We report the prevalence of bacterial enteropathogens and rotaviruses in diarrhoeic cases of rural residents in the Venda region of South Africa and provide baseline data on antibiotic susceptibility profiles of bacterial isolates. The prevalence of Aeromonas, Campylobacter, Escherlchia coli, Salmonella, Shigella, Plesiomonas, Vibrio cholerae, Yersinia enterocolitica and rotaviruses from stools of patients attending clinics was determined using standard microbiological methods. Antibiotic susceptibility profiles of bacterial isolates were determined using the Kirby-Bauer disc diffusion method. Escherichla coli was the most common bacterium isolated (20% of samples) followed by Campylobacter jejuni/coli (20%), Salmonella (14.5%), Shigella (12.5%), Plesiomonas shigelloides (11%) and Vibrio cholerae (3.7%). Rotaviruses were detected in 27% of specimens. The prevalence of bacteria and rotaviruses was higher in children aged less than five years than in older age groups (6-20+ years). All rotavirus-positive samples were of the G1 (VP7) variant belonging to serotype 1, whereas 44% each were of the P6 and P8 (VP4) serotypes and 12.5% were mixed strains (P6 + P8). PAGE analysis indicated that 78 (97.5%) and 2 (2.5%) were of the long and short electropherotypes, respectively. Over 85% of bacterial isolates were susceptible to ciprofloxacin, gentamicin, amikacin and nalidixic acid. Ali Salmonella isolates were susceptible to gentamicin and amikacin and all Plesiomonas isolates were susceptible to ciprofloxacin. Multi-antibiotic resistance of virtually all isolates to tetracycline, ampicillin, erythromycin and chloramphenicol was observed. Enteric bacterial pathogens and rotaviruses are therefore potentially serious threats to the health of the study population.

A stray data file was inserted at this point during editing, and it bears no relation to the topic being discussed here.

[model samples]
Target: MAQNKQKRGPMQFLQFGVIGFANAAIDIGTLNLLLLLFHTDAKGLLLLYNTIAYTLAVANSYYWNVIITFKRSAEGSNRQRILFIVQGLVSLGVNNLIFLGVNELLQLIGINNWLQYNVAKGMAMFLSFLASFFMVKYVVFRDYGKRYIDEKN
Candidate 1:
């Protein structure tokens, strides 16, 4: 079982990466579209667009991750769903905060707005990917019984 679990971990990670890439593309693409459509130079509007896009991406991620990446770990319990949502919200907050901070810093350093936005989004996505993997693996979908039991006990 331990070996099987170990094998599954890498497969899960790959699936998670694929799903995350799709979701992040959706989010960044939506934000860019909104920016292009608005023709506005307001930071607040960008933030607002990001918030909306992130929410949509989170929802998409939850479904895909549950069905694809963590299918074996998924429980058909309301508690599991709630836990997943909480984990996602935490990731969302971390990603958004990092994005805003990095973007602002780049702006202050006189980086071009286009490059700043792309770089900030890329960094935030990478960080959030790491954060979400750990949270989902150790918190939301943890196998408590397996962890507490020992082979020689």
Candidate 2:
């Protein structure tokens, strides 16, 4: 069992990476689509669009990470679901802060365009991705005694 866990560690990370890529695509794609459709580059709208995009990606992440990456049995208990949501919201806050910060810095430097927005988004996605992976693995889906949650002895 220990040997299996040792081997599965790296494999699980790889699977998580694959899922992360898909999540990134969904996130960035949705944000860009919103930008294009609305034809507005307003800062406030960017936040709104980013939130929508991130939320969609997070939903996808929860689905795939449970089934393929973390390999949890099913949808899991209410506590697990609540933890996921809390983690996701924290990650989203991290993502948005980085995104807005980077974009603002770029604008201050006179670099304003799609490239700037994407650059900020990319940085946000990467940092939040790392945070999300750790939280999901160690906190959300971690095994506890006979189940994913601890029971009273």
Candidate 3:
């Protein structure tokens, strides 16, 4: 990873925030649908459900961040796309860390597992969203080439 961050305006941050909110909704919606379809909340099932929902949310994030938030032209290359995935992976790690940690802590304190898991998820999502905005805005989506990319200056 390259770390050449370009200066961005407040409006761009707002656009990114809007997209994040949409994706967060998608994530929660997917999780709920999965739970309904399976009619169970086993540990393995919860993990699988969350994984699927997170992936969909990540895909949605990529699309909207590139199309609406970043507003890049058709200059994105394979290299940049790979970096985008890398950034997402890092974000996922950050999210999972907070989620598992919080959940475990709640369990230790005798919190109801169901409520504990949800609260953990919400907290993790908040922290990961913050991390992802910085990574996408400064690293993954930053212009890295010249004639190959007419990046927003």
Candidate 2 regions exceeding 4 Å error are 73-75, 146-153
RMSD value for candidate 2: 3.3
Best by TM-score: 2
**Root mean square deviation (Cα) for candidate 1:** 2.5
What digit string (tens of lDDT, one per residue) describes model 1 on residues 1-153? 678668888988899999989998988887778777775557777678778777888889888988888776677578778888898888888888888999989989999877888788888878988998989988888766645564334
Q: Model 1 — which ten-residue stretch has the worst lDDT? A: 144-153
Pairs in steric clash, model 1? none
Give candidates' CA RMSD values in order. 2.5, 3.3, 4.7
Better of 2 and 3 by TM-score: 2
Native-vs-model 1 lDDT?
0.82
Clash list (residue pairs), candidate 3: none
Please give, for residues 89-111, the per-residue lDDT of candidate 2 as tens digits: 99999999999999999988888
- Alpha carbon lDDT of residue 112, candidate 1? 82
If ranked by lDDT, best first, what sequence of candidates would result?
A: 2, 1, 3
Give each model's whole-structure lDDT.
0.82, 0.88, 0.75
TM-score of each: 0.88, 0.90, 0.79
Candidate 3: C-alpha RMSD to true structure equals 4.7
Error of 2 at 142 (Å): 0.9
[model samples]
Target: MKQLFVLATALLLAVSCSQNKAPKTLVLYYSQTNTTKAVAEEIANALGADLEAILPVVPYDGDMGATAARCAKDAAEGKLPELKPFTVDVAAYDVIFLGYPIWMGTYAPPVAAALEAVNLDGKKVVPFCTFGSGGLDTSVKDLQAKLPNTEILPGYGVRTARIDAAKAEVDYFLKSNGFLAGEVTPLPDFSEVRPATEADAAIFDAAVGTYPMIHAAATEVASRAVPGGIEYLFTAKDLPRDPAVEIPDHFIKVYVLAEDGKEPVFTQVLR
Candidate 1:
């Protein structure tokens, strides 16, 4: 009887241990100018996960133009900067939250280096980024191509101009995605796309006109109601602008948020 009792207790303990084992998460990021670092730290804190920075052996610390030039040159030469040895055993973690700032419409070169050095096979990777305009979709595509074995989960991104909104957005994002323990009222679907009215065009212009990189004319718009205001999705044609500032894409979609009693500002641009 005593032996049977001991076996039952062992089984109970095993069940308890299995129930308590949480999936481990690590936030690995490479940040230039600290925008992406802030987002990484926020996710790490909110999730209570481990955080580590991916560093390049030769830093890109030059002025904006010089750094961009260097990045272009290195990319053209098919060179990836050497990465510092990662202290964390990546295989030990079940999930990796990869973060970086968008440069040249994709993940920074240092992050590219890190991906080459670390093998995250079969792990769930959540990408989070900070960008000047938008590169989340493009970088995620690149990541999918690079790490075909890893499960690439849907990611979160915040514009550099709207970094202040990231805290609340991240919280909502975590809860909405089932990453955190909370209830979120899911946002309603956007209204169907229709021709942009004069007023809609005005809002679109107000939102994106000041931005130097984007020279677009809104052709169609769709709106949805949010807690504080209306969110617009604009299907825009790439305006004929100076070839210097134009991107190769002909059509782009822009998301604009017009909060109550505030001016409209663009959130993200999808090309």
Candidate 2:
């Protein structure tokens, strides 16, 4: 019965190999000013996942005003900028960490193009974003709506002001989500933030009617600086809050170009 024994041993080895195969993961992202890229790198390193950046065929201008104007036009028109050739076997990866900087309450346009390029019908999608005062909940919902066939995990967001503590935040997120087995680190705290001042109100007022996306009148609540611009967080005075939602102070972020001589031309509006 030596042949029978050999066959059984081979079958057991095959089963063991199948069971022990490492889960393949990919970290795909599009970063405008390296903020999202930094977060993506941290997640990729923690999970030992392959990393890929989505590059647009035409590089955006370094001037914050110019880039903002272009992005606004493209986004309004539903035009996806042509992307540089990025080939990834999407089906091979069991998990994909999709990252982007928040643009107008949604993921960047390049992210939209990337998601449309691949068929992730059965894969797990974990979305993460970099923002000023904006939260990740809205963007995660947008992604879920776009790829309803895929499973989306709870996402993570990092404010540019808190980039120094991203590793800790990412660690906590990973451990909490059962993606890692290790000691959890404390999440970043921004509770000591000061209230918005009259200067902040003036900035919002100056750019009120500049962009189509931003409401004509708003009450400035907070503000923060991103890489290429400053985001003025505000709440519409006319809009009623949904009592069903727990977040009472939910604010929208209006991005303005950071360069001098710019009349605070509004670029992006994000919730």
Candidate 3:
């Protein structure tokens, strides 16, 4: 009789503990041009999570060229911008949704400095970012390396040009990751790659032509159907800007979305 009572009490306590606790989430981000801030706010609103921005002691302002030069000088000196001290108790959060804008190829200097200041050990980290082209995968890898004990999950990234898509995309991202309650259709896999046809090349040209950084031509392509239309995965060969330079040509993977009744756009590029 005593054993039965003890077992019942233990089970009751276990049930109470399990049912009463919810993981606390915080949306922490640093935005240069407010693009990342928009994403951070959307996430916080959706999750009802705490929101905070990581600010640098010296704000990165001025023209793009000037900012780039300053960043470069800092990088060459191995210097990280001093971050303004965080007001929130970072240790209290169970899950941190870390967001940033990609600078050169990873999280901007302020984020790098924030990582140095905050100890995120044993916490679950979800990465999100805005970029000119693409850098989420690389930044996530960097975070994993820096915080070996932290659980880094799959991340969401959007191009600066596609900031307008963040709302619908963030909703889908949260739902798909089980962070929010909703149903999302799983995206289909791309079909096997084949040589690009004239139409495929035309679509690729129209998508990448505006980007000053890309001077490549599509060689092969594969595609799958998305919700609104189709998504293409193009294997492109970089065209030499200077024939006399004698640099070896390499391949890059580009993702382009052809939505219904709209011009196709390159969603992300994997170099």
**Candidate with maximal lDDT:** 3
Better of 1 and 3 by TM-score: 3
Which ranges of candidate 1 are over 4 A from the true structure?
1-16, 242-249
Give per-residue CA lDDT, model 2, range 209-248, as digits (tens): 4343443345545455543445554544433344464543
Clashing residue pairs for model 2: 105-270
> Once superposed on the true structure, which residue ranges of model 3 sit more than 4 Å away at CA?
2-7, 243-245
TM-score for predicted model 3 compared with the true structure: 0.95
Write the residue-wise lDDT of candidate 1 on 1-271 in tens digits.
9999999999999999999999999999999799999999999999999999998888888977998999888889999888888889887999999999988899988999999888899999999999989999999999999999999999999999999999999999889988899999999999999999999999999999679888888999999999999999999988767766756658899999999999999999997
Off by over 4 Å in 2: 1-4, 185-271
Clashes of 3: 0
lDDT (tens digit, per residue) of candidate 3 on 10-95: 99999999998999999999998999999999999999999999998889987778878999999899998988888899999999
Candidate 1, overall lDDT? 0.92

|Number of pages||4|
|Journal||South African Journal of Science|
|Publication status||Published - Nov 2003|